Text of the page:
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1923 GILBERT ROSS AMERICAN VIOLINIST THREE NEW YORK RECITALS Figure A valuable addition to the Auer seraphim.— Milwaukee Morning Sentinel. PRESS COMMENT: THIRD THIRD NEW YORK RECITAL Town Hall, Nov. 7th, 1924 Gilbert Ross, violinist, gave his annual recital in New York last night at Town Hall. His fine program included the 'Ascension,' Sonata by Cecil Burleigh. And here, incidentally, it may be noted that Mr. Burleigh is now completing a violin concerto which he has dedicated to Mr. Ross. The 'Ascension' sonata was ADMIRABLY PERFORMED and made a deep impression upon the large audience. Mr. Ross, who is favorably known here as a violinist, won fresh laurels in his general work last night. He is going ahead in his art. His tone, clear and full, gains in mellowness and HIS STYLE, ALWAYS MUSICIANLY, HAS NOW EVEN GREATER BREADTH AND AUTHORITY. HIS PLAYING GAVE GENUINE PLEASURE.— New York Sun. Gilbert Ross, making his third appearance here, showed continued development and progress in a talent that was marked at his debut. TECHNICAL SKILL and sureness and a TONE OF considerably augmented VOLUME AND RICHNESS, plus temperament, showed the progress of the young violinist, applauded by Professor Auer and a good-sized audience.— New York Tribune. Gilbert Ross, a good American violinist, confirmed an impression of ripening musicianship made at his former debut here.— New York Times. Gilbert Ross gave an excellent performance of Burleigh's 'Ascension' Sonata. He is a performer of ability and deserves praise for his SCHOLARLY INTERPRETATIONS of old and new music.— New York American. Mr. Ross played with obvious sympathy and sincerity.— New York World. Gilbert Ross opened his program with Cecil Burleigh's 'Ascension Sonata,' for violin and piano. The Sonata, a compact melodious work, pleased the audience, as did Mr. Ross' other numbers. This violinist possesses a good tone and a sound technic.— Evening World. SECOND NEW YORK RECITAL Aeolian Hall, Nov. 9th, 1923 The young artist reveals highly commendable qualities. His interpretation of the Franck Sonata was excellent. Imbued with true musicianship and deep feeling, it was played with fine sincerity and warmth. Mr. Ross plays simply and directly. His bowing is free and elastic, his tone full and sonorous.— New York Herald. His simple, unaffected manner accentuates his GOOD MUSICIANSHIP. He grasped the message in Franck's A Major Sonata, and disclosed its moods and melodies with artistry and assurance.— New York American. The Franck Sonata was played with a tone of very agreeable quality, smoothly holding its own in involved passages. Mr. Ross was QUITE AT HOME IN TECHNICAL DIFFICULTIES, playing with confidence and dash.— New York Tribune. A carefully chosen program included Franck's Sonata, which the young violinist gave with a broad sonority of tone, skillful phrasing and brightness of style.— New York Times. EXCLUSIVE MANAGEMENT E. A. LAKE, 1107-101 Park Ave., New York City, N. Y. Western Office, Midland Trust Bldg., Saint Paul, Minn. Figure Played with wonderful ease.— Milwaukee Evening Sentinel. PRESS COMMENTS ON EUROPEAN TOUR AGAIN THE LION'S SHARE OF SUCCESS WENT TO GILBERT ROSS, violinist from New York, who was among the artists. His powerful tone delivered with especial beauty on the lower strings, and his energetic bowing carried the day in pieces of Chopin and Tschaikowsky, while in others by Paganini, Kreisler, and Sarasate, his dazzling technique shown to the best advantage.— Berliner Tageblatt. His bow and finger technique can hardly be improved upon. HIS INTONATION IS FAULTLESS of purity, the tone is large, beautiful, and of haunting charm; the interpretations of the artist also makes a sympathetic impression. Everything is executed with painstaking accuracy, and winning grace while his artistic temperament is controlled by strict musical discipline. Intellect and emotion are well mated in Ross, artistic intuition being wedded to warmth of feeling.— Muenchener Zeitung. The violinist, Gilbert Ross, is an artist of great ability. He is so secure in his control of his instrument that he achieves all technical effects with unhampered tone and unusual clarity of presentation.— Frankfurter Nachrichten. Bach's Chaconne alone would have been sufficient to prove him A MUSICIAN OF GREAT AND AUSTERE FEELING, with a finished technique.— Leipsic Nachrichten. His style is characterized by uncommon accuracy, his tone is noble and mellow, his TECHNIQUE INFALLIBLE. While at first we were not overjoyed when we noticed on the program that overplayed Chaconne of Bach, mild disappointment was turned into real joy upon hearing it in such noble, aristocratic and masterly fashion.— Stuttgart Merkeer. The young artist, Gilbert Ross, gripped us from the first note by the nobility of his cultivated, clear facile tone, without a trace of sentimentality or excessive temperament. His steel-like and yet flexible wrist and his highly developed finger technic enabled him to accomplish a virtuoso's achievements, but the ease with which he attacks them gives an impression of musicianship to his performance. It was a blessing to hear Bach once more in the Chaconne, so often mishandled as a bravura piece. In Sarasate's Gypsy Airs, Gilbert Ross unleashed all the dazzling fireworks of double stopping, flageolet tones and pizzacati with resounding tone, which brought forth several encores and stormy applause.— Stuttgart Neues Tageblat. He is a great performer. Neither his left hand nor his right arm seemed to be conscious of any difficulties. The most difficult flageolet passages as well as all the problems of bow technique are child's play to him. What is particularly impressive is his vigorous, yet beautiful bowing, which he applies with masterly evenness.— Frankfort Zeitung. Gilbert Ross, whose great, glowing tone and clean effortless technic combine with fine native musical feeling, will be an acknowledged and honored guest in Munich henceforth.— Bayern Curier, Munich. The talented violinist, Gilbert Ross, used his bow with vigor and temperament in the sparkling Allegro movements of the Tschaikowsky's Concerto in the Andante, and showed that he knew how to sing with a plastic, clear and beautiful tone.— Allgemeine Musik Zeitung (Berlin). His rendering of the concerto of Tschaikowsky and Tortini's Devil's Trill Sonata held the listeners spellbound.— Hanover Courier. Appearances as Soloist With the Chicago Symphony Orchestra (twice) and Syracuse Symphony Orchestra His tone is beautiful, smooth, clear and absolutely true; his bowing has the well-known Auer sureness and strength, producing a depth and commanding power and serving splendidly the UNUSUAL FEELING FOR RHYTHM, which we should say is one of the young violinist's outstanding characteristics. He has color, too, imagination and fine facility, and he played with poise and authority.— Milwaukee Morning Sentinel. Catherine Pannill Mead. COMBINES YOUTH WITH AN ASTONISHING COMMAND OF THE VIOLIN … amazed audience with SUPERB MUSICIANSHIP … brilliant technique and A RARE QUALITY OF INTERPRETATION.— Milwaukee Journal. Jessica Knowles. Concert Affords Music Lovers Real Treat… Gilbert Ross, a youth who plays with the touch of a master, was SUPREME.— Syracuse Evening Telegram. HIS TECHNIC IS PERFECT; his tone of striking purity and elegance. The young artist conquered the technical difficulties with astonishing facility and finish. The audience gave the young artist a rare ovation.— Milwaukee Herald (German). Gilbert Ross triumphed with his violin, delivering with poise and ease a concerto of extreme difficulty.— Madison, Wisconsin, State Journal. Played his solo parts exquisitely, displaying a wealth of technique, … and great musicianship.— Madison Capitol Times, Edwin A. Uehling. … Gave a splendid reading of the concerto.— Syracuse Herald. Youthful violinist charms.— Syracuse Post Standard. FIRST NEW YORK RECITAL—Town Hall, March 13th, 1923 He has agile, flying fingers and uses them admirably as to pitch and tempo … He had both fire and strength and produced something which was both colorful and compelling.— New York World. Admirable technique, a scholarly attitude toward his task of interpretation and a tone that ranged from the deeply mellow to a treble like silvery gossamer. His performance of Tartini's 'Devil's Trill' and Tschaikowsky's mellifluous concerto was of high merit.— New York American. He showed when playing a sudden fire and distinction, free of mannerism, deeply sunk in the music's mood and bringing it at points of climax to eloquent proclamation.— New York Times. He had a fine command of violin technique and his style showed freedom, breadth, and keen intelligence.— New York Herald. Mr. Ross knows not only how to get a warm, beautiful, and varied tone out of his instrument, but how to play with expression.— New York Evening Post.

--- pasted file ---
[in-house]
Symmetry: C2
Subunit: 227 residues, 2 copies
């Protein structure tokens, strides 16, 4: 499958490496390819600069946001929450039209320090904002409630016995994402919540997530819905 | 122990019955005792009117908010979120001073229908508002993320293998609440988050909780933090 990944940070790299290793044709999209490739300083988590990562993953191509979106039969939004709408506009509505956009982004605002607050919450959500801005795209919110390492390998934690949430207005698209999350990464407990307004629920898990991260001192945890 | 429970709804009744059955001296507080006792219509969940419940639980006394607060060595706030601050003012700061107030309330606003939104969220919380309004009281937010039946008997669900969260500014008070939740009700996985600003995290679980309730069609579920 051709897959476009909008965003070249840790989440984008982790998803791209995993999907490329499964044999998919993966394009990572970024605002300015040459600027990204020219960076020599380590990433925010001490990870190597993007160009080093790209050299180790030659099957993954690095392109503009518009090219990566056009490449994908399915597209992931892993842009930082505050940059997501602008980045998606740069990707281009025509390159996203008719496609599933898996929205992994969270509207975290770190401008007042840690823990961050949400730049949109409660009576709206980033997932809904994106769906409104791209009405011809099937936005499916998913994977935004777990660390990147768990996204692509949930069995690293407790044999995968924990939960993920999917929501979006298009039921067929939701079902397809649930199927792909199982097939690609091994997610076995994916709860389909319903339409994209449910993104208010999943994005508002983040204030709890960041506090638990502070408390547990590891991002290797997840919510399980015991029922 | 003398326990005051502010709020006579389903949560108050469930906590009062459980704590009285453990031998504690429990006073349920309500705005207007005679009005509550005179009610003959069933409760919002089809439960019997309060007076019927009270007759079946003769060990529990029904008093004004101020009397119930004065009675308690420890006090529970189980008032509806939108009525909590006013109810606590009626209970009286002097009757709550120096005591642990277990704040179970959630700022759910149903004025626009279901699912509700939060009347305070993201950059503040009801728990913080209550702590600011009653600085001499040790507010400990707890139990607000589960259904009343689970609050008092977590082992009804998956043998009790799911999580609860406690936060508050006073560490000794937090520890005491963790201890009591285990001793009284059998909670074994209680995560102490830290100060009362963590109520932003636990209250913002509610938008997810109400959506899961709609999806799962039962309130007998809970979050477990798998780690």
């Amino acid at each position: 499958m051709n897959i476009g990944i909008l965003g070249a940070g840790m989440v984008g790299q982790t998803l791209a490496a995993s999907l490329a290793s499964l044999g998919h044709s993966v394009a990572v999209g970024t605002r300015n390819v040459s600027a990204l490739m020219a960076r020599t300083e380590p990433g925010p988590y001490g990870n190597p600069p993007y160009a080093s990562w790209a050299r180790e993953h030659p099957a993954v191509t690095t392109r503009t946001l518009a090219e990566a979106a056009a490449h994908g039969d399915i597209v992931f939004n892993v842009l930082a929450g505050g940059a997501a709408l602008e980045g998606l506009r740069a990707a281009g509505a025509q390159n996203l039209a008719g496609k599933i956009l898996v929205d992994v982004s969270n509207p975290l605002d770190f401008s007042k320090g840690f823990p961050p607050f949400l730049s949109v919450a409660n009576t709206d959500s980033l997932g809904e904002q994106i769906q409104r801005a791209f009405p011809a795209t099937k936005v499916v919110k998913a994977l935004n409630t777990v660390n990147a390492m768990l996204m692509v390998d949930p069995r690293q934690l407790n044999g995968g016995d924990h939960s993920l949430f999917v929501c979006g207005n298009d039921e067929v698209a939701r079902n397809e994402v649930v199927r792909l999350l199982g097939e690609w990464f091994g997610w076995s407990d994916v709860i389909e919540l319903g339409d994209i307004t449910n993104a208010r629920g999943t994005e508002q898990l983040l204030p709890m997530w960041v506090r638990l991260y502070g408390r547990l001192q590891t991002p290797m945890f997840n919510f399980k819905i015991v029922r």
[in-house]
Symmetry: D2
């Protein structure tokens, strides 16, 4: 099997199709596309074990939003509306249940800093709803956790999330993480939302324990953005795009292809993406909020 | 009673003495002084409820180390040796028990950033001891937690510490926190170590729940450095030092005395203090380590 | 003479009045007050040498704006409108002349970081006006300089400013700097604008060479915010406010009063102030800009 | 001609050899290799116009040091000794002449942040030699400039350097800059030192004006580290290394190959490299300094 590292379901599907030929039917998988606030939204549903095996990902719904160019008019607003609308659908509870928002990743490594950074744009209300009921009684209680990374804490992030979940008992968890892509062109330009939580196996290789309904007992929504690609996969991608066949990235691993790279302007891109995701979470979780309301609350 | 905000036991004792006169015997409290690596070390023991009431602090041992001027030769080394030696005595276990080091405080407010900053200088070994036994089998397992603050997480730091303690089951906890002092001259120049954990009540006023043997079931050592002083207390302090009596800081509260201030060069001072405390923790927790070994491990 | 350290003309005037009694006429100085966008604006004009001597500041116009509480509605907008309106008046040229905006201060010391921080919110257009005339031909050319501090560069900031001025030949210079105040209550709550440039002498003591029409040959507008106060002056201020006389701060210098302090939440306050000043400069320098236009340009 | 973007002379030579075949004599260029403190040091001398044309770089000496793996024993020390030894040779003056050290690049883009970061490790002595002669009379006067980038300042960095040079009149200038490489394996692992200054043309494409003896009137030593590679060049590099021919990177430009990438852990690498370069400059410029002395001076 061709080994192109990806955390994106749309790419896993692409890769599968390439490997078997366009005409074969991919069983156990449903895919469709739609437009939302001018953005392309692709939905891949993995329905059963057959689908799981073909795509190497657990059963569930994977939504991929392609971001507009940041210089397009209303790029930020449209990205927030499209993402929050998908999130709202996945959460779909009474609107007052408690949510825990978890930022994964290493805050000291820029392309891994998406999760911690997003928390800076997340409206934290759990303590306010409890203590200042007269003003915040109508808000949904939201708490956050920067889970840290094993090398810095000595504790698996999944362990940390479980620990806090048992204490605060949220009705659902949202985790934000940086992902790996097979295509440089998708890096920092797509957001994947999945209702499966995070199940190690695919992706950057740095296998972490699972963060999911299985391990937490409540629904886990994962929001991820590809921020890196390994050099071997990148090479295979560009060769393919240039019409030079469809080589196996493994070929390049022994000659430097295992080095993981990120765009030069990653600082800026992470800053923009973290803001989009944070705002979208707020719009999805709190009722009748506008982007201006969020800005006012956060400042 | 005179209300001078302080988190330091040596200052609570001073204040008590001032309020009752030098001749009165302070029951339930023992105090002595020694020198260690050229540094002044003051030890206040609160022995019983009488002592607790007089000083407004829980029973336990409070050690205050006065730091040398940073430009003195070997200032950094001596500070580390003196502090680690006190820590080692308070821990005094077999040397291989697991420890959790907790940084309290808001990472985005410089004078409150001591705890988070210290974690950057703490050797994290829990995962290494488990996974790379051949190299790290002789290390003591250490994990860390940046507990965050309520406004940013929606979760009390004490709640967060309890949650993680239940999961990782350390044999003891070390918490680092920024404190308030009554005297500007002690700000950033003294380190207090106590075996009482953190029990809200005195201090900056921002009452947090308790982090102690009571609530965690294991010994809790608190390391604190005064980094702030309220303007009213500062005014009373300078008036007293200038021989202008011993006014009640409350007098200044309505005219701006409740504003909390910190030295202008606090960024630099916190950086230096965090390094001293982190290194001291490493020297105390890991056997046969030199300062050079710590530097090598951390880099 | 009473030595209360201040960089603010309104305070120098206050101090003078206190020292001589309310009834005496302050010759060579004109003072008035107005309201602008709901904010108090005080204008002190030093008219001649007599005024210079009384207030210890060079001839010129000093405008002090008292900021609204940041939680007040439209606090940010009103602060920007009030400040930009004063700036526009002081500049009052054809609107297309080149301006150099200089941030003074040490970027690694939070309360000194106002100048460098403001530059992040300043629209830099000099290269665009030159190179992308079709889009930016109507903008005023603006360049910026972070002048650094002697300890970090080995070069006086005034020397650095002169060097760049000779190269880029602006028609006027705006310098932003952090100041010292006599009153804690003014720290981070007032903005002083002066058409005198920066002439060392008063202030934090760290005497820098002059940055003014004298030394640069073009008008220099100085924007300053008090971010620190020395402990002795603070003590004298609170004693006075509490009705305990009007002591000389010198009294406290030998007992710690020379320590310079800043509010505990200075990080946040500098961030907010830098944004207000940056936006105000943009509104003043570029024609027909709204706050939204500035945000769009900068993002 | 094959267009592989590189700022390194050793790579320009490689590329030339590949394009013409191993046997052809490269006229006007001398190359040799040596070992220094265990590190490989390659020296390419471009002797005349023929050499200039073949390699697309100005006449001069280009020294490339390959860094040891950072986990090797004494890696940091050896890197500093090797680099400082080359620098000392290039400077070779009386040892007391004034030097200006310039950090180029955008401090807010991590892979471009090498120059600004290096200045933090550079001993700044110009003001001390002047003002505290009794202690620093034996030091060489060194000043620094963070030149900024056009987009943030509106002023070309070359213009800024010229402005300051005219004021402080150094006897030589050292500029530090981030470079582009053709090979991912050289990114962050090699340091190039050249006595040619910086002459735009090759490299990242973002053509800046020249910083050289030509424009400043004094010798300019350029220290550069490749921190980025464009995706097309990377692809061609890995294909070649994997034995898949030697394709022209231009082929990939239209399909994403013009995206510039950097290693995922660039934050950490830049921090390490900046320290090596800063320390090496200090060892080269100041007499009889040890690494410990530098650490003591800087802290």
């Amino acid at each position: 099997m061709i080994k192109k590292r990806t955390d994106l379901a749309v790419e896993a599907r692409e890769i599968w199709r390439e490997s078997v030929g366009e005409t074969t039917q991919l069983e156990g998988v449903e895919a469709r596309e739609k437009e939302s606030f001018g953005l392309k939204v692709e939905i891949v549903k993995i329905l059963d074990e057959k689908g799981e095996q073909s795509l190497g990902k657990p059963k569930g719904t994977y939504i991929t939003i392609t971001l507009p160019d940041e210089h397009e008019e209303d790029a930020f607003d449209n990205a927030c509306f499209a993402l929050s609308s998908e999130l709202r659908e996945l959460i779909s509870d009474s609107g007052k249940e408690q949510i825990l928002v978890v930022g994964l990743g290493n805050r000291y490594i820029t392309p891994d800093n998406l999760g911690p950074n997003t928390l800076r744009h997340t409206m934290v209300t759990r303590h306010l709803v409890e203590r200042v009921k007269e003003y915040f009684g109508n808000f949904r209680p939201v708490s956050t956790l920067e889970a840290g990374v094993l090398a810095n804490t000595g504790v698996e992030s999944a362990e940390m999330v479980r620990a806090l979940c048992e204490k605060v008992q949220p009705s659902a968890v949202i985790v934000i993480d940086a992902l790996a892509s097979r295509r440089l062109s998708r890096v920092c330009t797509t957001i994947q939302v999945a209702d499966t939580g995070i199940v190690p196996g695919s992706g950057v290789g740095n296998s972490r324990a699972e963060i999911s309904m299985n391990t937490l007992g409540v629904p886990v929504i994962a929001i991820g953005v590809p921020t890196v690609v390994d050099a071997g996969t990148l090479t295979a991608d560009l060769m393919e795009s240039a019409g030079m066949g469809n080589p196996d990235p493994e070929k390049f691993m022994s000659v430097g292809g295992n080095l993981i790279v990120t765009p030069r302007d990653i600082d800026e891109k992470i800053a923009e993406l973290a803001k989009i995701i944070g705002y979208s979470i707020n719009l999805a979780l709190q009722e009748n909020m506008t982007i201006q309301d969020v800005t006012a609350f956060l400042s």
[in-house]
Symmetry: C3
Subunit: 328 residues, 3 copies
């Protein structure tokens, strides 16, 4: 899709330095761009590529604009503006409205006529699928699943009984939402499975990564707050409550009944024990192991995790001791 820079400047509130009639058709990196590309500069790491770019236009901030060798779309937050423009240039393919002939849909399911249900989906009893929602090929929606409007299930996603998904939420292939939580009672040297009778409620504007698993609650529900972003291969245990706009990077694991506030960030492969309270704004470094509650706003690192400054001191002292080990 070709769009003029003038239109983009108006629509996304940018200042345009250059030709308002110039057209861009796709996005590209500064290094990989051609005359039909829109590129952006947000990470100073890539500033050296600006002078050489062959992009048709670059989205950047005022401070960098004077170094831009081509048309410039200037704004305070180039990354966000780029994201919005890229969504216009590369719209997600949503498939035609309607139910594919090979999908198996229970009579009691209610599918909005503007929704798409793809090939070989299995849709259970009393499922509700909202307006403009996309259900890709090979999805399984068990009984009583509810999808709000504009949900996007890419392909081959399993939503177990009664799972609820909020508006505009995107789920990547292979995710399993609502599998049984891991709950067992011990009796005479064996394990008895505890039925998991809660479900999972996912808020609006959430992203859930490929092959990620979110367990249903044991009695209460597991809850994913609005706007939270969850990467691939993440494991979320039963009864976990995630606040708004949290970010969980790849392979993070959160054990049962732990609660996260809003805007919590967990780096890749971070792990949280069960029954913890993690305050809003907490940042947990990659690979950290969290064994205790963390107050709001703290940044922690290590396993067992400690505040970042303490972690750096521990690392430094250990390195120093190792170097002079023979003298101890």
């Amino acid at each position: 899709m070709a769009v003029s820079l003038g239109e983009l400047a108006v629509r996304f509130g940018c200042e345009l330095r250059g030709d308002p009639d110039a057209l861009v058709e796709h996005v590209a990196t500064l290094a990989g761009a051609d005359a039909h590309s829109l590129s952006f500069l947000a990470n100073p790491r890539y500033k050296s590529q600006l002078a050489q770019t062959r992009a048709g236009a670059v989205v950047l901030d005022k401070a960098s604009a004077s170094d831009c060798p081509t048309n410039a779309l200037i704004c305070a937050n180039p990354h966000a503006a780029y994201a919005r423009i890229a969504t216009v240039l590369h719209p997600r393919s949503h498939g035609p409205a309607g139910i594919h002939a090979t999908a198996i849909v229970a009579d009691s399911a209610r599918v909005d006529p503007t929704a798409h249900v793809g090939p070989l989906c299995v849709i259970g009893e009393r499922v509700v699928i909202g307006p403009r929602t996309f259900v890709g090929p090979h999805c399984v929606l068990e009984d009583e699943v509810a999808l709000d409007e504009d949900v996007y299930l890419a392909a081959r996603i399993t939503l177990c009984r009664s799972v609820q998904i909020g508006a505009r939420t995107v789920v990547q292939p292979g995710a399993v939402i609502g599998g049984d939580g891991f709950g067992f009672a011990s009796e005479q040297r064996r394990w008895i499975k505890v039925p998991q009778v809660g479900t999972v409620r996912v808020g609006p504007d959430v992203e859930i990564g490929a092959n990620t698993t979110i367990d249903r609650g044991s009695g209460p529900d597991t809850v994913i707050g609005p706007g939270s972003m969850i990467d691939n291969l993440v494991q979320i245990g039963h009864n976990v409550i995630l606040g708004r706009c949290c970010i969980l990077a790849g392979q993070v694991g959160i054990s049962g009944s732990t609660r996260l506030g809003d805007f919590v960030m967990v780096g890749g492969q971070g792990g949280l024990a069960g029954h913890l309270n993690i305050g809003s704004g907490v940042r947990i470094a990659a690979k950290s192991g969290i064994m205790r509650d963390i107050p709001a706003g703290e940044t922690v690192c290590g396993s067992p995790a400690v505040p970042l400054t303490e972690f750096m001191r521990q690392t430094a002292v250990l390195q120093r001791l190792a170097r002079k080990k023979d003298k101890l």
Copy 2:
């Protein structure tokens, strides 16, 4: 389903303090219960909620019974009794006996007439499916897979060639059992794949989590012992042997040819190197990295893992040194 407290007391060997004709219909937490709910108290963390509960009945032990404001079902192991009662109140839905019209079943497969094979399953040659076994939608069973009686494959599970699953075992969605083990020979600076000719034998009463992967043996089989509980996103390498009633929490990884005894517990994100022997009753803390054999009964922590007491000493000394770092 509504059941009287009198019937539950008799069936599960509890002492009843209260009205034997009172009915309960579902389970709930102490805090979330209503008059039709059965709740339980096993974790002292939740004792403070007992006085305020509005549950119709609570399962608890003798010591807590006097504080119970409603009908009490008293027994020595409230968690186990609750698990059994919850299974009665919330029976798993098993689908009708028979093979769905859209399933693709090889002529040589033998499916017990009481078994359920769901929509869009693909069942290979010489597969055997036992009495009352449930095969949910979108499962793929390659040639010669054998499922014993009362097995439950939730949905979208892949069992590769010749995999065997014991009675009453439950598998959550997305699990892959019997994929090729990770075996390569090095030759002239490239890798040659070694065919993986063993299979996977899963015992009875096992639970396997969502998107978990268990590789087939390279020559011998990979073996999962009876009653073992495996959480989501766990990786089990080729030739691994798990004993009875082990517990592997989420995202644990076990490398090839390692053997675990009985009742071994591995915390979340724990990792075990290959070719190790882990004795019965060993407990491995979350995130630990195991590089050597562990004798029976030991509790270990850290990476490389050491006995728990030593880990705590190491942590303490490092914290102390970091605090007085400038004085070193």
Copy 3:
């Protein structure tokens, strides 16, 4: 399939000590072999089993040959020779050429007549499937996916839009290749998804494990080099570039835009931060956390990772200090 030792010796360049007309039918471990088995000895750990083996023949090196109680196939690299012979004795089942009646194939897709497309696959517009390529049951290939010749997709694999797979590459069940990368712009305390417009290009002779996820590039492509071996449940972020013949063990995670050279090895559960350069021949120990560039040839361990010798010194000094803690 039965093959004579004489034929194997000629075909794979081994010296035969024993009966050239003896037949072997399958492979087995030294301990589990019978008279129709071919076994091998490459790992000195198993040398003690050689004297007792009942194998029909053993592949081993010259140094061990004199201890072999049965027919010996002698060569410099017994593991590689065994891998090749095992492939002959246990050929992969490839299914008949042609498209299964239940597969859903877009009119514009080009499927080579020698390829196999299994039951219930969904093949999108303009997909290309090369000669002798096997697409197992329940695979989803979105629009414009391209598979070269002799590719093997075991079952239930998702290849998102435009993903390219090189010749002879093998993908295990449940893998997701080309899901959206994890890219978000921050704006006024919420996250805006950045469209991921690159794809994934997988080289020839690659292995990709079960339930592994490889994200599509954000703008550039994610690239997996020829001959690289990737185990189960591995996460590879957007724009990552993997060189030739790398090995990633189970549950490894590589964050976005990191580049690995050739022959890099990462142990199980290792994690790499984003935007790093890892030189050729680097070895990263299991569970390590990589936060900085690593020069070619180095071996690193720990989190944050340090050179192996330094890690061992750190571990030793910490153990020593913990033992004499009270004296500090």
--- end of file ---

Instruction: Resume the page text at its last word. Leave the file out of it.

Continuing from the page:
|Topical Subject (LCSH)||
|Personal Name Subject||Ross, Gilbert|
|Digital Collection||Traveling Culture: Circuit Chautauqua in the Twentieth Century|
|Contributing Institution||University of Iowa. Libraries. Special Collections Dept.|
|Archival Collection||Redpath Chautauqua Collection|
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|Contact Information||Contact the Special Collections Dept. at The University of Iowa Libraries: http://www.lib.uiowa.edu/spec-coll/contact/index/|
|Number of Pages||2|
|Digitization Specifications||Scanned at 600 dpi, 32-bit color. Master image available in tiff format.|